A few love stories

  • agnesmontreal
  • littlevoyageuse
  • valleelyly
  • julieturconi
  • biancatran_
A few love stories

How does nature influence you? For most of us, it does us good. Who could fail to be moved by a sunset with its thousand colors, or by a flower blossoming in the sun, or by thousands of migrating snow geese?

Unfortunately, we don’t always take the time to renew contact. Which is why Space for Life has set up Human and Nature Encounters, which makes it possible for participants to take a moment and renew this ancestral friendship.

For “Night in the Garden,” Space for Life organized a contest on the Instagram and Facebook social networks asking participants to send in a photo accompanied by their history with nature. Here are a few excerpts chosen from some of the ones that especially touched us.

Encountering nature through the city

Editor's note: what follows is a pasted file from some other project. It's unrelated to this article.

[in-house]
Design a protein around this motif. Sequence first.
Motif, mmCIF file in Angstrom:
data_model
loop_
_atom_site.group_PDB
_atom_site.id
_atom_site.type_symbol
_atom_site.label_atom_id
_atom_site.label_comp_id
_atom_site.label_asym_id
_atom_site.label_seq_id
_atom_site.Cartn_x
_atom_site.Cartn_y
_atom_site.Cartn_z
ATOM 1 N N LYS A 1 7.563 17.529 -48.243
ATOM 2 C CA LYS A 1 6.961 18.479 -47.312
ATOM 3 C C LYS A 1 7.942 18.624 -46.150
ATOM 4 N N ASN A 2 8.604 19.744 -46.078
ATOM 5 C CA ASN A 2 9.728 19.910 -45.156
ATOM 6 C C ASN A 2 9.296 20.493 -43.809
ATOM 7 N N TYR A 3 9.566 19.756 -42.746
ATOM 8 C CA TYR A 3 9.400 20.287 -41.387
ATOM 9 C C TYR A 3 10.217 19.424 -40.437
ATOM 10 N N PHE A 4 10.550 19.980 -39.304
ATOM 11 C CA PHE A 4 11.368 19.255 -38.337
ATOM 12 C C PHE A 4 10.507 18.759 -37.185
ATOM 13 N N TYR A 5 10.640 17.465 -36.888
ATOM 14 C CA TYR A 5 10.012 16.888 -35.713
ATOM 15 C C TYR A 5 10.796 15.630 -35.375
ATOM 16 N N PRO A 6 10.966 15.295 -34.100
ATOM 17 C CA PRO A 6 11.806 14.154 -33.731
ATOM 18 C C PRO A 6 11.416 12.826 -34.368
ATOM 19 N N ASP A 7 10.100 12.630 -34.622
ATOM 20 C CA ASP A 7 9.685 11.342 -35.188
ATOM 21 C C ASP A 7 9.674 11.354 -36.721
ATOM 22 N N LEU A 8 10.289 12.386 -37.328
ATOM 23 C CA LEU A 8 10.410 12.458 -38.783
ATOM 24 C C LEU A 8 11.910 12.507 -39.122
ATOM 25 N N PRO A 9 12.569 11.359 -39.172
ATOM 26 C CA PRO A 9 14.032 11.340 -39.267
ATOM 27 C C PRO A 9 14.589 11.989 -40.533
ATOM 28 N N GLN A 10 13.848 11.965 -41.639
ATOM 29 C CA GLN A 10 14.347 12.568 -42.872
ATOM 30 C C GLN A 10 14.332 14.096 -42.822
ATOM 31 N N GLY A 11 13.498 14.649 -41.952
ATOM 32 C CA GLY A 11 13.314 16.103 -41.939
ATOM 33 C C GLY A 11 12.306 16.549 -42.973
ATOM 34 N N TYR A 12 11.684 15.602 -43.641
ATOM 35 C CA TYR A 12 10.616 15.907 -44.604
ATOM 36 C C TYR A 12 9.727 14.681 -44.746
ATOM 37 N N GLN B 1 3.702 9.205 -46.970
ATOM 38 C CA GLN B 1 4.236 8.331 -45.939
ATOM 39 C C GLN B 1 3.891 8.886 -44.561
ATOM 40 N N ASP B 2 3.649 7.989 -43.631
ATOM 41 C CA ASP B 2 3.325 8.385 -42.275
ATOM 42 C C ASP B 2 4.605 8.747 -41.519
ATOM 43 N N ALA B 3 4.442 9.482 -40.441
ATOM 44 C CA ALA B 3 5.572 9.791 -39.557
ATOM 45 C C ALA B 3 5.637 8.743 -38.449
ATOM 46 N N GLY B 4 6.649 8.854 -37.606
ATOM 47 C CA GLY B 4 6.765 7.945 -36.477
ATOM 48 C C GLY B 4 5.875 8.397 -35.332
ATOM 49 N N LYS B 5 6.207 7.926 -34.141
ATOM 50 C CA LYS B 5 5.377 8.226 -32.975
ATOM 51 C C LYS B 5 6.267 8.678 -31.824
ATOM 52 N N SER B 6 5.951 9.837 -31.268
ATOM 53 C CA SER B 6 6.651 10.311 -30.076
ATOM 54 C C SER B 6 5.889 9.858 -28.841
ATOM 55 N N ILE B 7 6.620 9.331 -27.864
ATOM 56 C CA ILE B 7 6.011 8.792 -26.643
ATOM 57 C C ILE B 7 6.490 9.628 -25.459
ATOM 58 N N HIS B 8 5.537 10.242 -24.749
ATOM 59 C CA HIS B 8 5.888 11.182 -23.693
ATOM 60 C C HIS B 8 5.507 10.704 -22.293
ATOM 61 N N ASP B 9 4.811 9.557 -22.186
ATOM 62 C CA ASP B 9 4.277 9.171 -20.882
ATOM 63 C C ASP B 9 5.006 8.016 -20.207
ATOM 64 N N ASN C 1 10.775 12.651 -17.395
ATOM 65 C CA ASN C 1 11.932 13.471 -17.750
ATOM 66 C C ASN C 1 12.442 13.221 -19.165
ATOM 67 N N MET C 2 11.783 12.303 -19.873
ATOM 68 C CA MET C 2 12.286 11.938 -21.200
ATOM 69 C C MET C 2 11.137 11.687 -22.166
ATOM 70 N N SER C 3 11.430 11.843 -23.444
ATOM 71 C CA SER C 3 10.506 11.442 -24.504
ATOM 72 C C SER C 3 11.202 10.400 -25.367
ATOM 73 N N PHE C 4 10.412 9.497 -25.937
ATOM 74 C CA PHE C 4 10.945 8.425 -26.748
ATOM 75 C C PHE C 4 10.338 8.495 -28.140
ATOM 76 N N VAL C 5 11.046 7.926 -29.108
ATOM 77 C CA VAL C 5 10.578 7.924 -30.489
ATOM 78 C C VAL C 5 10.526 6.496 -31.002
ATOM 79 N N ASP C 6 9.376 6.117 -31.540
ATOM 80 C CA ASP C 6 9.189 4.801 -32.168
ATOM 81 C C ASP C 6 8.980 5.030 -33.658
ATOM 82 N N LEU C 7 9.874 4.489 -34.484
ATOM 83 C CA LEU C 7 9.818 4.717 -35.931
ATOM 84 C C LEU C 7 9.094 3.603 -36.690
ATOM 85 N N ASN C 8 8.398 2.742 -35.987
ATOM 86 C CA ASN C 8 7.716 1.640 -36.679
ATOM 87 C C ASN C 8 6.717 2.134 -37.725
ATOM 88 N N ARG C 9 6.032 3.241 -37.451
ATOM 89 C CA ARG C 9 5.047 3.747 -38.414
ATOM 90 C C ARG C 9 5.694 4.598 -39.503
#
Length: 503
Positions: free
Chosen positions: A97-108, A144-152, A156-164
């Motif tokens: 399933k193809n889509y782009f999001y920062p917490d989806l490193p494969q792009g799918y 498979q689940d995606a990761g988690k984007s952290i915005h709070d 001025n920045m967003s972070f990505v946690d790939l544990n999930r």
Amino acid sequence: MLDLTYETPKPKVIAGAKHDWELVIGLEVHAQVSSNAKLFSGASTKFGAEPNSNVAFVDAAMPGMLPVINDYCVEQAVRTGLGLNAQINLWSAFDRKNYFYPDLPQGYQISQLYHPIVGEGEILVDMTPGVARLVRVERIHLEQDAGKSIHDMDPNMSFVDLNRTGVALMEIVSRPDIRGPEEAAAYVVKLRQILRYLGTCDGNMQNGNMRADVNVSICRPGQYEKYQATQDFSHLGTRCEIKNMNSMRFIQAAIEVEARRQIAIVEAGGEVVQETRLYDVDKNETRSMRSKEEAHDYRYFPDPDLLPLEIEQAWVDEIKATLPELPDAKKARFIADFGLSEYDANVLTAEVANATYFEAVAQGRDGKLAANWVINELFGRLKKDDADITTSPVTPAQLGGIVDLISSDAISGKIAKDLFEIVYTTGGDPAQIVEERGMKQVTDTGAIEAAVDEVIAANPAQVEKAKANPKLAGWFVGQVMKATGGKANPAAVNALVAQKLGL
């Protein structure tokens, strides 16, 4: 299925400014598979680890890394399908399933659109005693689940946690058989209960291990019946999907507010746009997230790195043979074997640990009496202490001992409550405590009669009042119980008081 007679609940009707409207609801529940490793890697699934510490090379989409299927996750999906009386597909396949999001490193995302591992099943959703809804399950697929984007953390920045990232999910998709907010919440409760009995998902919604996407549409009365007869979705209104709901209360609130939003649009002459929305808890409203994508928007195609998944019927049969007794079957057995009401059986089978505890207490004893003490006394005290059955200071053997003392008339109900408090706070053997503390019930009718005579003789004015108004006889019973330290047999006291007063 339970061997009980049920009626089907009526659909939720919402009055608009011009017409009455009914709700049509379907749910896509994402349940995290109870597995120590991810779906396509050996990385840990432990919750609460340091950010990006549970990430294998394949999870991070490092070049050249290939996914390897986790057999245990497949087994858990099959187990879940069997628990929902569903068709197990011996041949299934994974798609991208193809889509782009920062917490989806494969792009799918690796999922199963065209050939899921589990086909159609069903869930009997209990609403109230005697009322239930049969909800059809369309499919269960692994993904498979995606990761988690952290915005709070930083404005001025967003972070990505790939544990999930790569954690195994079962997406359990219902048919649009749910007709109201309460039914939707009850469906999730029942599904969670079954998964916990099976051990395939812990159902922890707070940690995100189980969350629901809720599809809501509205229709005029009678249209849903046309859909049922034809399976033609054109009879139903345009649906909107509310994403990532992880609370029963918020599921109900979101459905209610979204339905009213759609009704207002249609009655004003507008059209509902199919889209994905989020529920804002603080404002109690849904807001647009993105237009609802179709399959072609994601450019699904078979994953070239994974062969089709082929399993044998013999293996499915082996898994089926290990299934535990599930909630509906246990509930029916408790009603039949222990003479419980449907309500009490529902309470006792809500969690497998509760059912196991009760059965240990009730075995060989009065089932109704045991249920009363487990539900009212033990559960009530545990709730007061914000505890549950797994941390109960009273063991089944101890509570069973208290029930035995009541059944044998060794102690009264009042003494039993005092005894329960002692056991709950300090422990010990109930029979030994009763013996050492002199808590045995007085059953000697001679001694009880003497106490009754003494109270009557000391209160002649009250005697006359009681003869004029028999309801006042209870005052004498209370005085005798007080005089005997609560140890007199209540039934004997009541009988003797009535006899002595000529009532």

Growing up in a village with a huge garden, I developed a conflictive relationship with nature, because my parents loved it and I wanted to place myself in contrast to that love. It was in becoming independent that I gave nature the okay to dwell within me, for me alone, in contrast to no one. It was in Montréal that I developed that love, my home, my beautiful rural city.

Encountering nature through children


Nature dwells within us thanks to those little human beings fascinated before all its beauty and the love they bear for animals.


And I want to share with my son everything the Earth can bring us. That way, together we learn to take care of it, to protect it. We recycle, we compost, we think before we buy, we reuse, we create rather than just going out buying.

Encountering nature through our senses


Nature through smells and colors, the sweet taste of clover flowers, the brightness of the sun on autumn leaves, the curious glance of a fox passing through.

Encountering nature in ourselves


After thinking about it, nature dwells within me because basically it’s our home. It’s simple, it’s in our roots, anchored in our veins. For me nature is truth, freedom. It’s experiencing what’s most beautiful and truthful on this planet. I see nature as Thoreau saw it: pure and indispensable.

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